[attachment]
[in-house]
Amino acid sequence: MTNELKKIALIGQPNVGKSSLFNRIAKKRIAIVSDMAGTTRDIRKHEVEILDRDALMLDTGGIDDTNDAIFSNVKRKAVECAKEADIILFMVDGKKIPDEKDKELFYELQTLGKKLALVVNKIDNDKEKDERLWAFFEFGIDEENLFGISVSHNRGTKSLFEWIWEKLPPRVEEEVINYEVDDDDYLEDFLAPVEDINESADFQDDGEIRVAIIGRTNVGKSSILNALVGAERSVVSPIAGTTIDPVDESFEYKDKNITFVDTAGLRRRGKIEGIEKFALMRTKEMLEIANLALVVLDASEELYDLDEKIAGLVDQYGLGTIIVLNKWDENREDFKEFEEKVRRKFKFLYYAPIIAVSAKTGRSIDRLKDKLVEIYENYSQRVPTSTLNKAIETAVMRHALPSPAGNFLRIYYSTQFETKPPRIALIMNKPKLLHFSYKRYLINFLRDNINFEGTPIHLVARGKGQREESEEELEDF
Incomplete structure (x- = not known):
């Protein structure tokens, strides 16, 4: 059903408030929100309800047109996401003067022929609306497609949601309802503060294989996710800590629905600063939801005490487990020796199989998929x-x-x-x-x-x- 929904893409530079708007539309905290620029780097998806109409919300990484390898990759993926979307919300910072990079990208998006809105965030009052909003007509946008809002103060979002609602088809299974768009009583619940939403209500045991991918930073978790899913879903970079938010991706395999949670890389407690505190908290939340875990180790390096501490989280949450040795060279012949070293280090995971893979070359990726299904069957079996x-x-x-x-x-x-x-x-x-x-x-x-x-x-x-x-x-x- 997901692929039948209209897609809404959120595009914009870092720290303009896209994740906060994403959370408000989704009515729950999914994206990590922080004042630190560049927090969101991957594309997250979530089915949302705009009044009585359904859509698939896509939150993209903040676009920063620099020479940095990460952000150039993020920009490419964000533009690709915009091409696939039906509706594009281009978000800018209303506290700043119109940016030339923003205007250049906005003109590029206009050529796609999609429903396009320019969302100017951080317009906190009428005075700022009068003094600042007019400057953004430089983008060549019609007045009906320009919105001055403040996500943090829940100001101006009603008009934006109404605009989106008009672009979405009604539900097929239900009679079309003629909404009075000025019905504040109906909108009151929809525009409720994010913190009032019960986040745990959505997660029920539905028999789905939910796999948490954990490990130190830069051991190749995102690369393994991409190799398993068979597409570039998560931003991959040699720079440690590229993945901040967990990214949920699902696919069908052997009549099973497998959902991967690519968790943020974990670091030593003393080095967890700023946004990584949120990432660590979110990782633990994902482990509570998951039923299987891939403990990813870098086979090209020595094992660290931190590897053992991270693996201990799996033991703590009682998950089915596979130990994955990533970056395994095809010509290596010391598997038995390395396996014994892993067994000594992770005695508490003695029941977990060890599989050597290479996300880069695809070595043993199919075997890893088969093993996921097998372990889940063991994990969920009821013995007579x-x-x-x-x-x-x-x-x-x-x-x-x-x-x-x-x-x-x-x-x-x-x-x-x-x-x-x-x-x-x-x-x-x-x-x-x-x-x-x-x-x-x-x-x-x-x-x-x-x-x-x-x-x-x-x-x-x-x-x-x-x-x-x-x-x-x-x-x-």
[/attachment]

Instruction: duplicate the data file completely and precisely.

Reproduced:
[in-house]
Amino acid sequence: MTNELKKIALIGQPNVGKSSLFNRIAKKRIAIVSDMAGTTRDIRKHEVEILDRDALMLDTGGIDDTNDAIFSNVKRKAVECAKEADIILFMVDGKKIPDEKDKELFYELQTLGKKLALVVNKIDNDKEKDERLWAFFEFGIDEENLFGISVSHNRGTKSLFEWIWEKLPPRVEEEVINYEVDDDDYLEDFLAPVEDINESADFQDDGEIRVAIIGRTNVGKSSILNALVGAERSVVSPIAGTTIDPVDESFEYKDKNITFVDTAGLRRRGKIEGIEKFALMRTKEMLEIANLALVVLDASEELYDLDEKIAGLVDQYGLGTIIVLNKWDENREDFKEFEEKVRRKFKFLYYAPIIAVSAKTGRSIDRLKDKLVEIYENYSQRVPTSTLNKAIETAVMRHALPSPAGNFLRIYYSTQFETKPPRIALIMNKPKLLHFSYKRYLINFLRDNINFEGTPIHLVARGKGQREESEEELEDF
Incomplete structure (x- = not known):
């Protein structure tokens, strides 16, 4: 059903408030929100309800047109996401003067022929609306497609949601309802503060294989996710800590629905600063939801005490487990020796199989998929x-x-x-x-x-x- 929904893409530079708007539309905290620029780097998806109409919300990484390898990759993926979307919300910072990079990208998006809105965030009052909003007509946008809002103060979002609602088809299974768009009583619940939403209500045991991918930073978790899913879903970079938010991706395999949670890389407690505190908290939340875990180790390096501490989280949450040795060279012949070293280090995971893979070359990726299904069957079996x-x-x-x-x-x-x-x-x-x-x-x-x-x-x-x-x-x- 997901692929039948209209897609809404959120595009914009870092720290303009896209994740906060994403959370408000989704009515729950999914994206990590922080004042630190560049927090969101991957594309997250979530089915949302705009009044009585359904859509698939896509939150993209903040676009920063620099020479940095990460952000150039993020920009490419964000533009690709915009091409696939039906509706594009281009978000800018209303506290700043119109940016030339923003205007250049906005003109590029206009050529796609999609429903396009320019969302100017951080317009906190009428005075700022009068003094600042007019400057953004430089983008060549019609007045009906320009919105001055403040996500943090829940100001101006009603008009934006109404605009989106008009672009979405009604539900097929239900009679079309003629909404009075000025019905504040109906909108009151929809525009409720994010913190009032019960986040745990959505997660029920539905028999789905939910796999948490954990490990130190830069051991190749995102690369393994991409190799398993068979597409570039998560931003991959040699720079440690590229993945901040967990990214949920699902696919069908052997009549099973497998959902991967690519968790943020974990670091030593003393080095967890700023946004990584949120990432660590979110990782633990994902482990509570998951039923299987891939403990990813870098086979090209020595094992660290931190590897053992991270693996201990799996033991703590009682998950089915596979130990994955990533970056395994095809010509290596010391598997038995390395396996014994892993067994000594992770005695508490003695029941977990060890599989050597290479996300880069695809070595043993199919075997890893088969093993996921097998372990889940063991994990969920009821013995007579x-x-x-x-x-x-x-x-x-x-x-x-x-x-x-x-x-x-x-x-x-x-x-x-x-x-x-x-x-x-x-x-x-x-x-x-x-x-x-x-x-x-x-x-x-x-x-x-x-x-x-x-x-x-x-x-x-x-x-x-x-x-x-x-x-x-x-x-x-």